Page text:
A cultural oasis at Dog Eared Books, celebrating 25 years in business – Mission Local

On a rapidly changing block of a rapidly changing street, where retailers have been struggling to stay open, Dog-Eared Books will celebrate its 25th anniversary this Saturday. It’s been at 20th and Valencia streets for 20 of those years. We chatted with founder Kate Rosenberger about running a bookstore these days – she also operates Alley Cat Books on 24th Street and a second Dog Eared Books location in the Castro – and the street she works on, and the future.

Mission Local: So, 25 years. How did you do it?

Kate Rosenberger: How did I do it?

It’s a combination of things. Certainly location, but also the fact that we’ve been willing to adapt with changes on the street and the changes in culture and the changes in the world and readers’ relationships to books and the written word.

There’s this thing they say about bookstores and bookstore owners – you can walk into a bookstore and tell when they opened the bookstore because that bookstore is frozen in time.

That was true when we had a lot of funky little used bookstores, which we don’t have anymore

We have very dedicated managers and people at the store that believe in the books and believe in what an incredible world it is to live in

How does a bookstore adapt?

KR: Books have been around for a really long time and I think we’re hard wired to be connected to them and I don’t think the tipping point where we can completely disconnect.

I don’t think we’ve reached the tipping point yet. I think that there are enough people around, not just of my generation and older but I think there’s a comfort in paper and there’s a comfort in slowing down and not having 50 or 250 books on your tablet.

I think there’s a comfort in focusing and having a longer attention span and devoting yourself to one book and making that decision.

Culture is on a huge swing sort of back and forth, and we will find our natural balance.

We have a pretty wide variety of things so if people are open to the experience of things hopefully they’ll still at least be delighted by the physical environment and sociability of the space, that is face to face. I think that’s a bit refreshing for people still.

We really ask people to not be on their phone in the store, we work really hard on creating an environment that is dictated by the physical space.

I used to call us a cultural oasis 25, 30 years ago when I first started doing that. And I think we are still to a degree – it’s definitely a different oasis.

More and more people are looking for fewer and fewer titles. I’m not going to say that there’s less intellectual curiosity because I don’t think that’s true. But books will not fulfill that as much as it used to – people Google things to figure out whatever – you know, what was Hamilton wearing when he shot his duel? Frankly the internet is a lot better for a lot of these things.

I’m glad that we don’t have to deal with the phone book anymore or that I have to advertise in one.

I don’t think we’re luddites. But I do think that we have an important place in culture and I think we will for some time.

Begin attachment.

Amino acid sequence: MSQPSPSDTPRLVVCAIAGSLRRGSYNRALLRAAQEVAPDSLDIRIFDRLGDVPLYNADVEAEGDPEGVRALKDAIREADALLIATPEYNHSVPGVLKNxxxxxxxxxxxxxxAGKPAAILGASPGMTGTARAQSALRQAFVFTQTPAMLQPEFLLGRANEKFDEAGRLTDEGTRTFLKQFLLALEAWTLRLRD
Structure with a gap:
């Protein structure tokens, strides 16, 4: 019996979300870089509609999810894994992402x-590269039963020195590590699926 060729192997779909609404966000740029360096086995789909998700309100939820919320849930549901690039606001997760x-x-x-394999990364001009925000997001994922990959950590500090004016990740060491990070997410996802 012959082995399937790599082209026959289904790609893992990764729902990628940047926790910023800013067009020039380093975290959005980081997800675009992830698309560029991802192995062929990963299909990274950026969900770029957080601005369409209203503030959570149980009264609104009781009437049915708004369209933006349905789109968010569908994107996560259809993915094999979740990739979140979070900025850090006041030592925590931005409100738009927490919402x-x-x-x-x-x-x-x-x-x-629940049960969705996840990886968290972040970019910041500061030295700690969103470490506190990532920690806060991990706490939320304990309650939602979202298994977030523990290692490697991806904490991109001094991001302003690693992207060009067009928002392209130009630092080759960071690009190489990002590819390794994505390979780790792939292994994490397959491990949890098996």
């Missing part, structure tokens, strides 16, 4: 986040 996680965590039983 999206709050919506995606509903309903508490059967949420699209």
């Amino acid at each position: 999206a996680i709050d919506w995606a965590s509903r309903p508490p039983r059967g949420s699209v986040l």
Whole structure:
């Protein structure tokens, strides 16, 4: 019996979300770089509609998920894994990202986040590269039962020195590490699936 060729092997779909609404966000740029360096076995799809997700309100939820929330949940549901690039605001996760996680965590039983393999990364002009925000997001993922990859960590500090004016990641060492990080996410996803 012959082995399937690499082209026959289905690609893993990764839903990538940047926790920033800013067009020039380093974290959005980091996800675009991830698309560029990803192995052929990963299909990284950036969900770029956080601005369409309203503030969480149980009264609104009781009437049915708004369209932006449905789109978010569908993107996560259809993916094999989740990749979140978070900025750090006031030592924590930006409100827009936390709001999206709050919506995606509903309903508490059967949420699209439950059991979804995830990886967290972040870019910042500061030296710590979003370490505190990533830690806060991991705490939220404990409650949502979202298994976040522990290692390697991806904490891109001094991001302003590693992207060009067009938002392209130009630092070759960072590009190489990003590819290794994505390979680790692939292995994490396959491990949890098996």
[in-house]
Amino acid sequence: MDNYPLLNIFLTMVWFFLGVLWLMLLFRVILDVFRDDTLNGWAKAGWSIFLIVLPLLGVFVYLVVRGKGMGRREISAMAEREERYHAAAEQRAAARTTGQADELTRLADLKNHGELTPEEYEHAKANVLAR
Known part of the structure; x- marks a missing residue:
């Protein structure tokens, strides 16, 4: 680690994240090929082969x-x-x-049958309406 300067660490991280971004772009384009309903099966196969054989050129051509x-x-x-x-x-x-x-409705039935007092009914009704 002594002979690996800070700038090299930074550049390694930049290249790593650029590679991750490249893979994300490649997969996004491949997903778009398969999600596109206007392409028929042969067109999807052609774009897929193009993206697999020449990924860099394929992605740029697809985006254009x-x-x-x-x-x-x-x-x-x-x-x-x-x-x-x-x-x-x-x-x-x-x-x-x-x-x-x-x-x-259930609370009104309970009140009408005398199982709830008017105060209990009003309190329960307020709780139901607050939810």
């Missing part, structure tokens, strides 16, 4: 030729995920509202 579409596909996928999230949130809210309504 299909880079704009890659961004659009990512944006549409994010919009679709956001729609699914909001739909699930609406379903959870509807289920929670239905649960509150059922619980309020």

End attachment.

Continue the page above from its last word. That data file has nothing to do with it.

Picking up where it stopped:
Kate Rosenberger hopes to spend most of her time at her new 24th Street bookstore. Drawing by Robyn Dalbey.

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Valencia is different now…How has the block changed?

KR: Well now I’ve got like five ice cream stores here.

Valencia street really, for a time, spawned this whole cultural trend or awareness – ‘whoa Valencia street!’ It was like the hippest hottest coolest thing in town, like, the hipsters came in and we had artisanal everything and small batch that and it was great. They were sort of like our new hippies.

[They had an] incredible sense of style and interest in minutiae and …I think that isn’t so much the case anymore.

I think the rents went through the ceiling they went into the stratosphere and brick and mortar became very difficult on the street so that made it a sort of more rarified street, you couldn’t open sort of crazy mad harebrained ideas.

So now you’ve just got to have a higher price point and that changes the nature of the street. It’s harder to find an affordable meal, and a lot of affordable things for the people that come here and work.

Everything becomes a bit more precious, the strollers become more expensive. Lots of double wide strollers – we sell a lot of children’s books now.

So what’s next? What is your dream for the future?

KR: I would like to see a resurgence of bookstores in San Francisco. I think that right now there are a lot of stores that carry like 10 books, they sort of become a gift items. I would like to see more specialized bookstores.

I did help spawn other bookstores in the area – Great Overland bookstores had three at some point, I helped start Bibliohead. Maybe it’s time to spawn a bunch of new stores again, that would be a great thing.

There are more questions than answers, as far as the future. In a perfect world some of the artists driven out of San Francisco get to come back and apartments become affordable here, there’s a balancing, a coming back, and that there isn’t this sort of diaspora of longtime San Francisco residents.

The way that I think about it, especially with Michael [Roman]’s passing, is the present is our present, is a gift. Try to stay with today and with now. It doesn’t help tripping out on what might be.

I just really wish my best to this community and give out a big thanks to San Francisco for supporting me over these last 32 years of running five different bookstores in eight different locations.

I have a lot of gratitude for that and I think of San Francisco as the little city that could, and I appreciate that the people of San Francisco are still learning and growing and adapting and hopefully doing their best.


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